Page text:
Cowboys are a dying breed, they say. Modern technology is replacing the need for the cow hand to work with his horse and lariat. Yet, we still have a lot of working ranches in the Copper Corridor and cowboys and cowgirls still help keep the old west traditions alive. Cowboy culture is still a part of the southwest from country music to rodeos.
Oracle and the lower San Pedro River Valley have a long history of cattle ranching and farming. From Redington to Aravaipa and along the Gila River and Winkelman, these hardworking cattlemen and farmers built successful ranches and farms. A number of the ranches produced outstanding cowboys who along with being cattlemen found time to compete in rodeos around the country. Many of them became well known, winning competitions from the Fiesta de Los Vaqueros/Tucson Rodeo to New York’s Madison Square Garden. Besides producing champion cowboys, some of the ranchers bred outstanding race horses, rodeo stock and helped promote horseracing and rodeos in Arizona.
One such cowboy was Jo Curtis Flieger. Jo Flieger grew up in Canada and learned to ride and care for horses while working on ranches. He soon began competing in and promoting rodeos or “stampedes” as they were known in Canada. He also raised and provided bucking horses for the stampedes. He won the Mountain Race at the Williams Lake Stampede in 1923, ’24 and ’26. This was a dangerous downhill run down a mountain. One year in which Jo raced, 14 riders participated. Only four completed the race. One rider and two horses were killed after falling down the steep mountain trail.
Jo joined a Wild West show in the United States where he drove a stagecoach and did trick riding. The show traveled to places in the southwest and Jo liked the weather and when the Wild West Tour ended in 1929, he found himself in Arizona. He soon found a job working on a ranch in Winkelman. He started his own ranch by the Painted Cave in the Aravaipa area. He and his wife Gussie later bought the Cook’s Lake Farm along the San Pedro.
Jo became well known among ranchers, rodeo people and horse racing fans in Arizona. He helped start organized Quarter Horse Racing in Tucson and was one the founding members of the Southern Arizona Horse Breeder’s Association. Jo began breeding Santa Gertrudis cattle in 1948 and was a charter member and director of the Arizona Santa Gertrudis Association in 1956. His contributions to cattle raising, rodeos, horse racing and western ideals resulted in him being awarded the Chester A. Reynolds Award from the National Cowboy and Western Heritage Museum located in Oklahoma City, Oklahoma. In his later years, he lived in Oracle, dying in 1998.
Another old-time cowboy and an Arizona pioneer in Mammoth, Oracle and Pinal County was Tom Wills. Tom was born in 1866 in Mariposa County, California. He was the son of a successful stock man. He moved to Arizona in 1883 and a year later settled in the lower San Pedro River valley where he soon gained a reputation as a hard worker and a highly skilled cowboy with a rope or horse. He worked most of the ranches in the area and soon had his own ranch near Mammoth.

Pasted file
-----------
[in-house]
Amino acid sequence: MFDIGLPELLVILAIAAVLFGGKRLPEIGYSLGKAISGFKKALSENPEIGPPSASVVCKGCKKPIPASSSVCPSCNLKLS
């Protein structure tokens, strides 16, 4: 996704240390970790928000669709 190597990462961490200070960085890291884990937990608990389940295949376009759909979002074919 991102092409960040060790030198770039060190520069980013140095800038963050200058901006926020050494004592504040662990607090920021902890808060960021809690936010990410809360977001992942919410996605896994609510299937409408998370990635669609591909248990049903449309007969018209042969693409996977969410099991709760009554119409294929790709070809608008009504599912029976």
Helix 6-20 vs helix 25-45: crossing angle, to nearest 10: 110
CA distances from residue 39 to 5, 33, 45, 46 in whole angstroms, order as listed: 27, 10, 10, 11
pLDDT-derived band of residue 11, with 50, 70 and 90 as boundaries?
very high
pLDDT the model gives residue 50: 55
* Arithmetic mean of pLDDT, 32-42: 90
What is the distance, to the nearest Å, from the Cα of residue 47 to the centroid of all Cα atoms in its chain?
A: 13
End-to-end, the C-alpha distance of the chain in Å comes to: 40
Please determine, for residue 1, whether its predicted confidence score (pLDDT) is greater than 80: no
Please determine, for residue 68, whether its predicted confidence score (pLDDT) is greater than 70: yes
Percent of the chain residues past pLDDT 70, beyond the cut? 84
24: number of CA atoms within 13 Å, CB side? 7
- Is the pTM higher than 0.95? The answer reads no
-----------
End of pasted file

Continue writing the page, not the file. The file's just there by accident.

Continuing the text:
In 1893, Tom joined the Charlie Meadows Wild America show. This Wild West Show would later be known as Arizona Charlies Wild West Show. Tom would drive an old Concord stagecoach and fight off bandits as part of a re-creation of old stagecoach robberies. He would also compete in the “Cowboy Tournament” riding broncs and steer roping as part of the show. In 1893, he set the world’s record for steer roping which would last until 1901.
At a Wild West show in Tucson in 1894, he rode a man killer bronc that had never been successfully ridden. It became the highlight of the show and was such a brilliant and courageous exhibition of horsemanship that the newspaper called him “the man of San Pedro.” The horse was known to have killed two previous riders by throwing itself on its back and landing on the unfortunate cowboy riding him. It tried this move with Wills but Tom avoided the horse’s body and climbed back up on him as soon as the horse got back on its feet, riding the bucking horse until it gave up.
Tom became a prominent rancher in the Oracle and Mammoth area. He later became the Pinal County Sheriff for two terms and later a County Supervisor. While Sheriff, he competed in a rodeo in Cheyenne, Wyoming. At the time he was known as the “champion roper” of Arizona and New Mexico. He took 2nd place money. In 1910, Tom was elected as Pinal County’s representative to the Arizona Constitutional Convention which set the stage for statehood.
As he got older, he continued to support ranching and rodeos. He was named supervisor of cowboy sports and events for the first Arizona State Fair in 1912. He helped organize and judge rodeos in Prescott and Payson. Tom Wills was one of the first outstanding cowboys from the lower San Pedro River valley.
Author’s Note: I am working on a series of articles about outstanding cowboys and cowgirls along the Copper Corridor. If you know of any from the past or even some who are competing now, including junior rodeo competitions, let me know by sending me their name and any information you have to email@example.com or post it on the Copperarea Facebook page.